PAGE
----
Commissioners leaning toward local licensing

February 08, 2000|By SCOTT BUTKI

Approving local licensing of home builders could cost the county more than $110,000 in the first year, Permits and Inspections Director Paul Prodonovich told the Washington County Commissioners Tuesday.

Despite that cost, the consensus of the County Commissioners was to move ahead with local licensing, Commissioners President Gregory I. Snook said.

No formal vote was taken because the first draft of the ordinance has not been prepared.

The board is tentatively scheduled to vote on the issue on Feb. 22, Snook said.

Prodonovich estimated it would cost $70,000 to hire a permit technician and inspector to oversee local licensing.

Other initial costs would be $32,000 for vehicles and fuel and $7,400 for related expenses such as computers and phones, Prodonovich said.

The annual costs will be about $75,000, he said.

He called the estimates a "worst case scenario." How involved, and how costly local licensing would be to the county depends on how the law is written, he said.


The Maryland General Assembly gave the County Commissioners authority last year to license home builders locally. That came at the request of the Home Builders Association and the County Commissioners.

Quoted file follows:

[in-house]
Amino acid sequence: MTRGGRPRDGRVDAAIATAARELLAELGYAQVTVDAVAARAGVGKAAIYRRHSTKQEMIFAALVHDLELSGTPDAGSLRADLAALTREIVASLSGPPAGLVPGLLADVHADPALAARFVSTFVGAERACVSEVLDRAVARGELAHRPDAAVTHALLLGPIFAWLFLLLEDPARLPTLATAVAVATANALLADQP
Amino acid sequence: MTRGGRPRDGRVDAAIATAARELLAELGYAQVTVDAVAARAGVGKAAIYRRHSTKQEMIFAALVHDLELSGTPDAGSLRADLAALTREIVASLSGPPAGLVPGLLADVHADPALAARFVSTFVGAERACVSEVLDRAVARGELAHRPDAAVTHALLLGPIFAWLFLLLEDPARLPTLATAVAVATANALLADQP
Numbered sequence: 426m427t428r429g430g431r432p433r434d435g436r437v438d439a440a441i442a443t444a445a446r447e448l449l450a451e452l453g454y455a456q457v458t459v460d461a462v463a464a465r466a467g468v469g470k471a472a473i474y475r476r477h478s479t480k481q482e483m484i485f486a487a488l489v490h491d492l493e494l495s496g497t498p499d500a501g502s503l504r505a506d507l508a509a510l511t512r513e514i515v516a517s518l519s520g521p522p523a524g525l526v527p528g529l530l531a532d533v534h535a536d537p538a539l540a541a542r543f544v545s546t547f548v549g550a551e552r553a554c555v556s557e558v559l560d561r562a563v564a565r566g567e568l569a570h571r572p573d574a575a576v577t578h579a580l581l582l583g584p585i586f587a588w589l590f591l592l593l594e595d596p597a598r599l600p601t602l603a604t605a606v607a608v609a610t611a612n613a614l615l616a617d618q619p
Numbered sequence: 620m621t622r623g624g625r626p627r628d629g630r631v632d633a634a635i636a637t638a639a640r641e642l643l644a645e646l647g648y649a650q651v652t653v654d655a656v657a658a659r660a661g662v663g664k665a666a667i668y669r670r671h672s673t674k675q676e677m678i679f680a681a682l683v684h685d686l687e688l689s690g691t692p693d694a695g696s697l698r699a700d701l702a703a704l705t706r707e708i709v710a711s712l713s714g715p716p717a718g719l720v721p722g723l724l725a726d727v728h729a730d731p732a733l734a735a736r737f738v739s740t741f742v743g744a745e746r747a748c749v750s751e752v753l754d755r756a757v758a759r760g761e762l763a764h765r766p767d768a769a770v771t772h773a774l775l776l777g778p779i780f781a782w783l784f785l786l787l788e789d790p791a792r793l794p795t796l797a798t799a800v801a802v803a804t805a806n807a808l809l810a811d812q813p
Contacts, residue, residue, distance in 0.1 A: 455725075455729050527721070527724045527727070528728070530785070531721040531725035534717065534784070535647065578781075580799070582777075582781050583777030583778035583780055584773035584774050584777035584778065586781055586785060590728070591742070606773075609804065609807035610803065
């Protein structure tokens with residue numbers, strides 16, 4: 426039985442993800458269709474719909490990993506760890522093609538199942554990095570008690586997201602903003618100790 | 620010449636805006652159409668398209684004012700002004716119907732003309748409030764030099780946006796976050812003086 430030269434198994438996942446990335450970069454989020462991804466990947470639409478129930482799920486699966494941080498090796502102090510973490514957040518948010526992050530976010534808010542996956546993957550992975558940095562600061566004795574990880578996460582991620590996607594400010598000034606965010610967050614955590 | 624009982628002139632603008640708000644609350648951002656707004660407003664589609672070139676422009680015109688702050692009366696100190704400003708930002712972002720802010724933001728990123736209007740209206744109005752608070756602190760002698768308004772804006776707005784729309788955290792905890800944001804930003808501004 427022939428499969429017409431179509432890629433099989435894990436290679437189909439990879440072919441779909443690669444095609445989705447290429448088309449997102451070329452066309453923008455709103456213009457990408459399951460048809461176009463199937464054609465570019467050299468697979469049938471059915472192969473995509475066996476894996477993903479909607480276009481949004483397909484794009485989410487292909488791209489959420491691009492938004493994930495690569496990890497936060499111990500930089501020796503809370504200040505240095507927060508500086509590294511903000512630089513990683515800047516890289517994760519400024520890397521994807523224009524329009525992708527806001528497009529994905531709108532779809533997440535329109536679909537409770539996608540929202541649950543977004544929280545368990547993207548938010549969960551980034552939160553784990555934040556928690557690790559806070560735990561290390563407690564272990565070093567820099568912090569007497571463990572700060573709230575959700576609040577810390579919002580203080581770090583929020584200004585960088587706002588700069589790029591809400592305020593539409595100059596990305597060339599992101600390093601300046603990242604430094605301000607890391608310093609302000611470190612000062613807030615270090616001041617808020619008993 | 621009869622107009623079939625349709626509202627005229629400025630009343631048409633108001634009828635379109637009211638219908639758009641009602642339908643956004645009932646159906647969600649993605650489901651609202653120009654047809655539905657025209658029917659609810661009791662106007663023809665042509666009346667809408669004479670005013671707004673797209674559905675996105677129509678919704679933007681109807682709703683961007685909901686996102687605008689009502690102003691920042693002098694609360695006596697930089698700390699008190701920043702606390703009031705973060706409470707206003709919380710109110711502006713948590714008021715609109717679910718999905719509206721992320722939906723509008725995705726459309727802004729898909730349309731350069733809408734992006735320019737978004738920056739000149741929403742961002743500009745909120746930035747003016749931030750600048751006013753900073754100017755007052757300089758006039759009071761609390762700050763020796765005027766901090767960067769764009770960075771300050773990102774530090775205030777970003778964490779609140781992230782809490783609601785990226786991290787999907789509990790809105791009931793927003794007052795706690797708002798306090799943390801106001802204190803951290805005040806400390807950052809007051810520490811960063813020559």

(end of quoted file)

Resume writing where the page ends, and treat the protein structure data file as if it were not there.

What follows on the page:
The County Commissioners decided last month to delay action on local regulations until they saw the outcome of a statewide bill that would license home builders statewide. That decision upset the association, which asked the County Commissioners to reconsider.

After meeting with association members during last week's County Commissioners meeting, Commissioners President Gregory I. Snook promised an answer within two weeks.

The association favors a local law over a statewide law because consumers would get better and faster enforcement, Association Executive Director Debi Turpin said.

Problems consumers have with a builder should be addressed in the county where it occurs, Turpin said.

The Home Builders Association first asked for local licensing in 1994, Turpin said.

That group of commissioners decided against pursuing a law, but the current group agreed in 1998. The law was passed in 1999.

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